Red Road to Recovery sharing circles at Anishnawbe Mushkiki
Anishnawbe Mushkiki has developed weekly Red Road to Recovery sharing circles to assist people with addictions to alcohol, drugs, gambling and other dependencies.
“It is for people that are dealing with all types of addictions, not just prescription drugs — it could be alcohol, it could be gambling,” said Teresa Trudeau, traditional coordinator at Anishnawbe Mushkiki, located in Thunder Bay. “It is also for people who want to help others who have recovered themselves.”
Trudeau uses the Red Road to Wellbriety book, which was developed in the United States about 40 years ago based on the medicine wheel teachings and the Alcoholics Anonymous 12-step program, as a resource in the sharing circles.
“There are personal recovery stories in this book, so it is like inviting a guest speaker to your meeting,” Trudeau said, noting there are stories from about 20 different Elders in the book. “It’s like having that Elder present right there with us with his stories.”
The Red Road to Wellbriety book also includes 12 chapters of cultural information about healing from alcoholism and addictions, including how-to information about working the 12 Steps in a Native way.
“Right now, what we’re learning about is the interconnectedness of the 12 steps using the medicine wheel,” Trudeau said. “For example, the first, second and third step are in the east direction of the medicine wheel. That is where our circle is at right now.”
Trudeau said the fourth, fifth and sixth steps are in the south direction, the seventh, eighth and ninth are in the west and the tenth, eleventh and twelfth are in the north.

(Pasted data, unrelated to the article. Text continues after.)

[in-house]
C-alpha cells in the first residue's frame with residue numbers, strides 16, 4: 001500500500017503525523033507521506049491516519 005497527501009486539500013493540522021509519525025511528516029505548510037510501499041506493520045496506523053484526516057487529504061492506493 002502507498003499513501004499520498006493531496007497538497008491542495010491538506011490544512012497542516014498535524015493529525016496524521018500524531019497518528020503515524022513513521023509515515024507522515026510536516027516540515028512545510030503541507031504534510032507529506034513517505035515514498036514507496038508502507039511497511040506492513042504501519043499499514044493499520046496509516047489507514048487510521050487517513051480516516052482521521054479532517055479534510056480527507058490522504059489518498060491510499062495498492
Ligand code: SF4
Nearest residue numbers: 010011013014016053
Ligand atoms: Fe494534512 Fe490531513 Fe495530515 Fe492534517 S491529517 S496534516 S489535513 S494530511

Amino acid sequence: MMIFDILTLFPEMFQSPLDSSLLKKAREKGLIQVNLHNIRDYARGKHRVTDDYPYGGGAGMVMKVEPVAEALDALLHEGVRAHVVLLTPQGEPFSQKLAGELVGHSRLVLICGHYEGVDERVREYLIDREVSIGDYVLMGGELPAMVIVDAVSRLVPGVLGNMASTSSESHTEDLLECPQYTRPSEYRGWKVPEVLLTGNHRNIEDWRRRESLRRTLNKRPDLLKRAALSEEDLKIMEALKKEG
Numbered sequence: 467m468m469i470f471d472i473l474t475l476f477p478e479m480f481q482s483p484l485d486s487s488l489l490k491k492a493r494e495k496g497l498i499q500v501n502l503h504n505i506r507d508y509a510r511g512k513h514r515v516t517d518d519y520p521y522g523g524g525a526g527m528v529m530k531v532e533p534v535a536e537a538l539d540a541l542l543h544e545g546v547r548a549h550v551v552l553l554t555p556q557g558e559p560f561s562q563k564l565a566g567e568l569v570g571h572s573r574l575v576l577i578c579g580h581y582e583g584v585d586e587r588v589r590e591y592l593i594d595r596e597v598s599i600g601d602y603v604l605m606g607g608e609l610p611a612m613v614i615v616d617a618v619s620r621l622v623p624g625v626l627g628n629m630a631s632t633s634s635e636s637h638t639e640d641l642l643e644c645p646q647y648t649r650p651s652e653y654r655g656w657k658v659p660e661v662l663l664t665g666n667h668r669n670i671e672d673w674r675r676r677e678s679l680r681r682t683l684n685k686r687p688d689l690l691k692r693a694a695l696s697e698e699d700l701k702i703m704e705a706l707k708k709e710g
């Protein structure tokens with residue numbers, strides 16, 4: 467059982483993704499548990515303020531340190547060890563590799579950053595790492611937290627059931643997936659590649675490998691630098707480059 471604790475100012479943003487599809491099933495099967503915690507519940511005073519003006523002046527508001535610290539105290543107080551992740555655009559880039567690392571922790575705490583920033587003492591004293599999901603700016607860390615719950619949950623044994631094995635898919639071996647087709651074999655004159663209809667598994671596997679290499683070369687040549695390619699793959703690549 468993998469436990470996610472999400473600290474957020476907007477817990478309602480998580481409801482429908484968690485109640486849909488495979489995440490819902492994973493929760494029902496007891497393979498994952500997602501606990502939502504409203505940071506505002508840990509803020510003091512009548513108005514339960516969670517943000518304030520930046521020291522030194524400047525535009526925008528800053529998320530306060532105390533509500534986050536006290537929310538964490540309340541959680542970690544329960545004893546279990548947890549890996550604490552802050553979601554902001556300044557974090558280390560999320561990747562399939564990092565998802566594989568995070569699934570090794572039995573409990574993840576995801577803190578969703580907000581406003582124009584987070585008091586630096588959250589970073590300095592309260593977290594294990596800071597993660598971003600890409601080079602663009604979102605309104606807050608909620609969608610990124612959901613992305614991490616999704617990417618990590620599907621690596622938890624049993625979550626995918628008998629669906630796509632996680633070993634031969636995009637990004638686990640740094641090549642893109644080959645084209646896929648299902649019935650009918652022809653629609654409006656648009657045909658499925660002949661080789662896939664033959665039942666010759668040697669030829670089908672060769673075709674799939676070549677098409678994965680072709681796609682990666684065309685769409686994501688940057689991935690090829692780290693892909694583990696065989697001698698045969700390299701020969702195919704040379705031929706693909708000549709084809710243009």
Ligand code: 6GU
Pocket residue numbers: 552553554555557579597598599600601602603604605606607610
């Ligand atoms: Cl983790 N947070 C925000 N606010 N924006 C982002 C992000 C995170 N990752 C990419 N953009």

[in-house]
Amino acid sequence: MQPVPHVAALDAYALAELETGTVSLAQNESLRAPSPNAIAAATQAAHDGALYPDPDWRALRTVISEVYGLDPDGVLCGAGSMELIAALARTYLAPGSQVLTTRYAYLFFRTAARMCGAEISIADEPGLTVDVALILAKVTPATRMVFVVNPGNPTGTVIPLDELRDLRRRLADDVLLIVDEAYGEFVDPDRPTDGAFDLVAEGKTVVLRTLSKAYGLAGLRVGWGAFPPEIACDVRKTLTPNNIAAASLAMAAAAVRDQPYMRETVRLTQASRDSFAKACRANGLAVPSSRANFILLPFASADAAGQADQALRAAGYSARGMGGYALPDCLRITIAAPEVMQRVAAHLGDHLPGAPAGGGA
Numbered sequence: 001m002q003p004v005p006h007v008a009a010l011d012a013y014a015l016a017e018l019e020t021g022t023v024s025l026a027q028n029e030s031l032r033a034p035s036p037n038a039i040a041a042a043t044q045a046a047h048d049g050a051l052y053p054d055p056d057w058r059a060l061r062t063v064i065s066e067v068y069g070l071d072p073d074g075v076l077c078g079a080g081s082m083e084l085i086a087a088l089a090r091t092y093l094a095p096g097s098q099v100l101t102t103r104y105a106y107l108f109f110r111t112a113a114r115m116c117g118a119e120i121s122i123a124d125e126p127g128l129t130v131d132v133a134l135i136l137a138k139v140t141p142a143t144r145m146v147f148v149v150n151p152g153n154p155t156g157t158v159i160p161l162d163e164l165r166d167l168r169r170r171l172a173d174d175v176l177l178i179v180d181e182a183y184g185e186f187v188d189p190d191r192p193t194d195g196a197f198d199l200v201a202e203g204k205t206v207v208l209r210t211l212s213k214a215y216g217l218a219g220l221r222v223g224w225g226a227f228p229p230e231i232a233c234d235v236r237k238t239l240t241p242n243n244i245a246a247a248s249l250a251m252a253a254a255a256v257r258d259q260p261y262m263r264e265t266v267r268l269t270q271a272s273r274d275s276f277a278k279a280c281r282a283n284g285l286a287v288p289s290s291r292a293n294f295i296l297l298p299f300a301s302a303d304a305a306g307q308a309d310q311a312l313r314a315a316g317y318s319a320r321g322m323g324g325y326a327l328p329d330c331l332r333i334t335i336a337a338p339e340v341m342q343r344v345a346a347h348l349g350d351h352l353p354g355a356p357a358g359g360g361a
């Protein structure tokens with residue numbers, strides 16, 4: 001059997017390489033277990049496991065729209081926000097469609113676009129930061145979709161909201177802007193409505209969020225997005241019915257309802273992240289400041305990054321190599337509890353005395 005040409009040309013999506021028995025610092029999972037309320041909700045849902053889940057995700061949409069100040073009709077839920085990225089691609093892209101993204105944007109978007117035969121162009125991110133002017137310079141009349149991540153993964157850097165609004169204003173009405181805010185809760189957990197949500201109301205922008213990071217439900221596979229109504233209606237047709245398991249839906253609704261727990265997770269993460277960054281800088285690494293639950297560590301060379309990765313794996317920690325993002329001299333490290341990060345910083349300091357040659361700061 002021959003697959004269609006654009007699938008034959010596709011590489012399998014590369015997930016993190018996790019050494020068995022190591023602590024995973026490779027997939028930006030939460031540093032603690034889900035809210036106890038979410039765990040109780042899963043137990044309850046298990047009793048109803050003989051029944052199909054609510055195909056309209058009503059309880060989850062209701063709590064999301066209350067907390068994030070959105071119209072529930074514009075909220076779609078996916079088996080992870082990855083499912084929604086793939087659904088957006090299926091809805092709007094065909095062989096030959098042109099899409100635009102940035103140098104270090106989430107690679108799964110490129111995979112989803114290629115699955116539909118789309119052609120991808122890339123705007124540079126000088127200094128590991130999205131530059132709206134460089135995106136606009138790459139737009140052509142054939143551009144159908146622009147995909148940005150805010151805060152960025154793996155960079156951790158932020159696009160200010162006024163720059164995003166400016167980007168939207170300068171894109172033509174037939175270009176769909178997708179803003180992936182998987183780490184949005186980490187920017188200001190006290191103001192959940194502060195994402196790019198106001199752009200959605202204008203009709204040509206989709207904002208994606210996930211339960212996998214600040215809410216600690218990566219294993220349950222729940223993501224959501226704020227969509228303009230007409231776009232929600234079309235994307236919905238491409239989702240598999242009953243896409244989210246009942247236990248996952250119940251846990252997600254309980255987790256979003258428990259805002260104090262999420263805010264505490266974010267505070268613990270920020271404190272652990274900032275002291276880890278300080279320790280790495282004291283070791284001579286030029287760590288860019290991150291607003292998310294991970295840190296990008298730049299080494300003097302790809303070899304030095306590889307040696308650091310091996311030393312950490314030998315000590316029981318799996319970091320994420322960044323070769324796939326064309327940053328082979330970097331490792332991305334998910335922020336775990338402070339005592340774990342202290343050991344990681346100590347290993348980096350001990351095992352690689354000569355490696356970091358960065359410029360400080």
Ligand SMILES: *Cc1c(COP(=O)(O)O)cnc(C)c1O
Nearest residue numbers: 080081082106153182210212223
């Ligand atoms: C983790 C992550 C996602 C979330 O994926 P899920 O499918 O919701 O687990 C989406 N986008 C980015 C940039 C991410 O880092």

“So it goes in a circle within the medicine wheel,” Trudeau said. “Where we all want to be and always want to be is at the twelfth step. You don’t get to the top and say I’m done — you stay in that step always because that is where our helpers, our healers, our medicine people, our Elders, that is where
Trudeau has been holding the sharing circles on Wednesday evenings since this past April, with attendance ranging from about eight to 12 participants.
“We start with food at 6:30,” Trudeau said. “We have some refreshments and we sit down and it is informal at first. We’re just socializing and getting to know each other.”
Trudeau said the group begins the sharing circle at 7 p.m. with an opening prayer and readings from the Red Road to Wellbriety book.
“After a break, we go in and have our discussion,” Trudeau said. “It’s not unusual to go to 9:30.”
Trudeau has received a good response from the participants.
“They keep coming back,” Trudeau said. “They’re saying it really helps them. They feel more comfortable being here and an indicator of that is when people take off their shoes, you know they’re comfortable.”
Trudeau’s vision and goal is to restore the health of the communities, noting the next step is to introduce a sharing circle into a remote community.
“I actually have a toolkit for somebody to go to their community and establish (a Red Road to Recovery healing circle),” Trudeau said. “It’s taking ownership and responsibility, rather than relying on outside resources. Our healing is from within ourselves, and the healing is from within the community.”
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